How to Make Commercial Jingles
Recording studio and equipment
Jingles for commercials are short, catchy musical pieces containing both music and lyrics that are used to market and sell products, businesses and, in some cases, a message like a public service announcement (PSAs.) Jingles are usually composed and recorded by people outside of the company the commercial is for. Jingles can be the work of an advertising agency's in-house music department company, of production companies that specialize in jingles, or of enterprising individuals or partnerships. Assuming you already have some musical skill and knowledge, you can do company research, compose and record jingles and cultivate clients.
Listen to as many local and national jingles as possible. This will give you a sense of what timing and musical arrangements are attractive to businesses buying jingles and why certain jingles have become sensations.
Practice the art of writing jingles, including developing the songs so they will fit in shorter radio and television ad windows. The blog MoneyinMusic.com suggests that you “practice by writing jingles for fictitious businesses.”
Research the business for which you want to create a jingle. You should find out not just information about what the business is trying to sell and what kind of image it is trying to create for the product, but also what the company is trying to do generally to project its chosen image, how business in the particular industry is conducted, who the company's main competitors are and what distinguishes the company. If possible, find out what style of music the company might prefer. Some of this information might be supplied by the company upon request.
Arrange to record the jingle. Depending on your budget and existing equipment, this could mean renting a studio or creating one of your own. Due to advances in technology, home recording studios are increasingly affordable and popular and can be a good investment.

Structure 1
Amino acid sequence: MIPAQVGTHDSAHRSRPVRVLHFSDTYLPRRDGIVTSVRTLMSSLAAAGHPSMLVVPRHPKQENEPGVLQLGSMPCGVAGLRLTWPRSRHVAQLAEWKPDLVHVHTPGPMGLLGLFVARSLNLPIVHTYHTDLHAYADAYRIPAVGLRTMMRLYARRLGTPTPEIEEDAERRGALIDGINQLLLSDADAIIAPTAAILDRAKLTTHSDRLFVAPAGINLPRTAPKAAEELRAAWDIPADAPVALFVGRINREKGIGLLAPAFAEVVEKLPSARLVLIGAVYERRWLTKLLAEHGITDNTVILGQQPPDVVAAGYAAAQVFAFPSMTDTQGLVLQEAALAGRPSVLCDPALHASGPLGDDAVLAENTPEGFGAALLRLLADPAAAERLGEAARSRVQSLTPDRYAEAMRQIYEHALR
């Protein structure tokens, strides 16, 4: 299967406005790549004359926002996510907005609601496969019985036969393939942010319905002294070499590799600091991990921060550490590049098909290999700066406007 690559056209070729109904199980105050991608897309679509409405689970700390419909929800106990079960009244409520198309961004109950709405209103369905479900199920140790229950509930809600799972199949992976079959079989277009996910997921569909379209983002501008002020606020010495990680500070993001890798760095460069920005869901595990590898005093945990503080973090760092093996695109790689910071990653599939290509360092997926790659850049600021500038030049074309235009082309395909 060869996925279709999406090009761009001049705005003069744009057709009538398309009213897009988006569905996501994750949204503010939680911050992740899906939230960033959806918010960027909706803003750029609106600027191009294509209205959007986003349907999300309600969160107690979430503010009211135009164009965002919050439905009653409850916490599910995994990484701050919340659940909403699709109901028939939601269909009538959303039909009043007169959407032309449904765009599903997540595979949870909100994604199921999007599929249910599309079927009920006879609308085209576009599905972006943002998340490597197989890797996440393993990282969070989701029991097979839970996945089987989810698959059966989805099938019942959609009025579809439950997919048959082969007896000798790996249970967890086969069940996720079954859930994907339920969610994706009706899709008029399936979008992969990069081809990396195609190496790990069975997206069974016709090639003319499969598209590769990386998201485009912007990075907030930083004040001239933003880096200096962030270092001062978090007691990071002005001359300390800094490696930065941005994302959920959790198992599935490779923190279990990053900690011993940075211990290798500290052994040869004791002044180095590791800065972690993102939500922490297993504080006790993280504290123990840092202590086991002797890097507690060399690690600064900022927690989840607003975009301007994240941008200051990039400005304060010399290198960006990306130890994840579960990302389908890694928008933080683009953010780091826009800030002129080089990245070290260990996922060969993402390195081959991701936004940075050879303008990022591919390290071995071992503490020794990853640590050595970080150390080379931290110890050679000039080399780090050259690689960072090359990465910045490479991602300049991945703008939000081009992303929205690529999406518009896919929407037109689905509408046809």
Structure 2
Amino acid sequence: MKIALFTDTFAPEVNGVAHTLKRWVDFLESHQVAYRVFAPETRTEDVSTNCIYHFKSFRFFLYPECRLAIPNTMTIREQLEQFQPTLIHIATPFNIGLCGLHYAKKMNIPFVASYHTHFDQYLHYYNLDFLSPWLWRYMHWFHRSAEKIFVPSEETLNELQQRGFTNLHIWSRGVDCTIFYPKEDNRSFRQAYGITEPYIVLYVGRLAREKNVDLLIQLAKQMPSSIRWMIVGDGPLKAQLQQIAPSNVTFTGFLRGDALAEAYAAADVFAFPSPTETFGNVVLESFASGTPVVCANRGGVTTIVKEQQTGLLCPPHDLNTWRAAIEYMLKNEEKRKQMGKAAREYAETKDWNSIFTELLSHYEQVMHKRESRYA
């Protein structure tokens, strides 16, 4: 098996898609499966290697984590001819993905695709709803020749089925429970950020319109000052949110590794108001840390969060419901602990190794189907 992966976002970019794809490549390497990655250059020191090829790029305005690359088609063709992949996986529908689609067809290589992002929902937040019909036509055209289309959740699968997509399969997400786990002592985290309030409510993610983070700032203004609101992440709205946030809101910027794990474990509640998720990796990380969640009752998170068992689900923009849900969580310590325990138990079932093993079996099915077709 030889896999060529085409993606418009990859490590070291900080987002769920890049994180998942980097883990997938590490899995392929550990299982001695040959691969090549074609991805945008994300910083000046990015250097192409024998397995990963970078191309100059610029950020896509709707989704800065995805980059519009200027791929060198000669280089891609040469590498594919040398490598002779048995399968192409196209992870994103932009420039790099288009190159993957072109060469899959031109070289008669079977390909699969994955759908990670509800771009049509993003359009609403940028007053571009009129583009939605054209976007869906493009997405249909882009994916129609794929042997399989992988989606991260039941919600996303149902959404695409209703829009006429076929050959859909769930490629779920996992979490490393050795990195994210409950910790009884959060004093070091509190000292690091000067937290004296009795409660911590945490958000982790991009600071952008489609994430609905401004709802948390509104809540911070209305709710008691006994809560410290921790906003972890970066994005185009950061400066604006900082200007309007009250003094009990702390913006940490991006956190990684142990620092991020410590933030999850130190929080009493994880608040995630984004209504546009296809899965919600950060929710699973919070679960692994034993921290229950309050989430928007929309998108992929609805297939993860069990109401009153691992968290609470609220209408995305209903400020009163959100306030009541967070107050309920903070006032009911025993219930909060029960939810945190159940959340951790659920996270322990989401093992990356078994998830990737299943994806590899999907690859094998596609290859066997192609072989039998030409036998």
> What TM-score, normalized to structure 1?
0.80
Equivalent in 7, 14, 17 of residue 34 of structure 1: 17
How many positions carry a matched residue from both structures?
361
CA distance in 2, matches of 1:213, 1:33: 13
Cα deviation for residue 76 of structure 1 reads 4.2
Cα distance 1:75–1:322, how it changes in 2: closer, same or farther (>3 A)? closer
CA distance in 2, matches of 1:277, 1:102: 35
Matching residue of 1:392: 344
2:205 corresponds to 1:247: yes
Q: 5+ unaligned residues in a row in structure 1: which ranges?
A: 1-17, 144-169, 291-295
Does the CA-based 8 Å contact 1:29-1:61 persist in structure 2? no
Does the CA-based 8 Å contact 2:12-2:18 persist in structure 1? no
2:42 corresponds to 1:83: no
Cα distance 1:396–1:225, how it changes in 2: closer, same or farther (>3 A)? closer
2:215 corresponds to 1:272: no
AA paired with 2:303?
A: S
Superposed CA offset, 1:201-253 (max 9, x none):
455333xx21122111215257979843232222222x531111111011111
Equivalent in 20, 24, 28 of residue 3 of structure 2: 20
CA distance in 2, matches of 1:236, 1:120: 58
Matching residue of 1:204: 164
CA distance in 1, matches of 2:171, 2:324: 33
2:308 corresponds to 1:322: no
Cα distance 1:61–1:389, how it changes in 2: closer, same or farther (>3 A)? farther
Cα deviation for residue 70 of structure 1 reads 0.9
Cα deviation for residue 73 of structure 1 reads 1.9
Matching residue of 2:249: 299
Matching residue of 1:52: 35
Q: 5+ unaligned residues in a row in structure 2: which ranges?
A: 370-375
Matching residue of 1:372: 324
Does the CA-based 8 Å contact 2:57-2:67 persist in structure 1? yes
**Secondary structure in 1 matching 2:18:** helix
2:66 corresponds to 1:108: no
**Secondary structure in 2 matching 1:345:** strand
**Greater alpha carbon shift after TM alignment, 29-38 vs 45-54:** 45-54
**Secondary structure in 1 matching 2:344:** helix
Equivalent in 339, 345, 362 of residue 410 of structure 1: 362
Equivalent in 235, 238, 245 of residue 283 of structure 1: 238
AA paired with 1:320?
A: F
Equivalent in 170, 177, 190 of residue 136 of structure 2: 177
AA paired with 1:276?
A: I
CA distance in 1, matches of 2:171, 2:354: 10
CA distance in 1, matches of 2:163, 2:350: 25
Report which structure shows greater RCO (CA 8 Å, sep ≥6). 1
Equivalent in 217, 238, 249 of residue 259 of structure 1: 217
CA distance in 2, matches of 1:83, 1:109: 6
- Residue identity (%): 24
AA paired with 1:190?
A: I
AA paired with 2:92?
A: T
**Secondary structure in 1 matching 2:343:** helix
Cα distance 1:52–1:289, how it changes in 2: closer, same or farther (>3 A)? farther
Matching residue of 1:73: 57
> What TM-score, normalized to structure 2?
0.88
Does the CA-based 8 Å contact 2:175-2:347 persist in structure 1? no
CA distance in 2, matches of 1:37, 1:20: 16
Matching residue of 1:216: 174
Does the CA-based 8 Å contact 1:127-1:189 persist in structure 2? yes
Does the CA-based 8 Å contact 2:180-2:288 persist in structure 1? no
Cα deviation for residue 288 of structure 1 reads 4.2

Create several different mixes, or versions, of the jingle. MoneyinMusic explains that common lengths of mixes for jingles are 10, 30 and 60 seconds. It also suggests providing several sections for looping (repeating a sample or section of music) so that if desired the company can easily make additional edits to the jingle. Mixes can also be “full sing,” meaning that it is the fully orchestrated and sung version; “open-close” including only the beginning and end segments of the jingle; “tag,” a mix only a few seconds long that represents the catchiest part of the jingle; and “instrumental,” with only the music and no vocals. Instrumentals are used so the company can put whatever dialogue (or copy) over the familiar music the company wants, says MoneyinMusic.
Target local radio and television affiliate stations to see if they need any jingles created. If you have friends who are local business owners, they could be another potential resource.
Bloggers for MoneyinMusic.com had some early success by approaching businesses and offering to create a jingle on spec. This means they created the jingle and the company had the option of using it and paying them for it, and in many instances they did. Persevere until you find a company that is willing to use your jingle, and enjoy the rewards.
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• MoneyinMusic: Writing Jingles [http://www.moneyinmusic.com/writing-jingles.html]
• Songwriting Guide: Write a Jingle [http://www.songwriting-guide.com/write-a-jingle.html]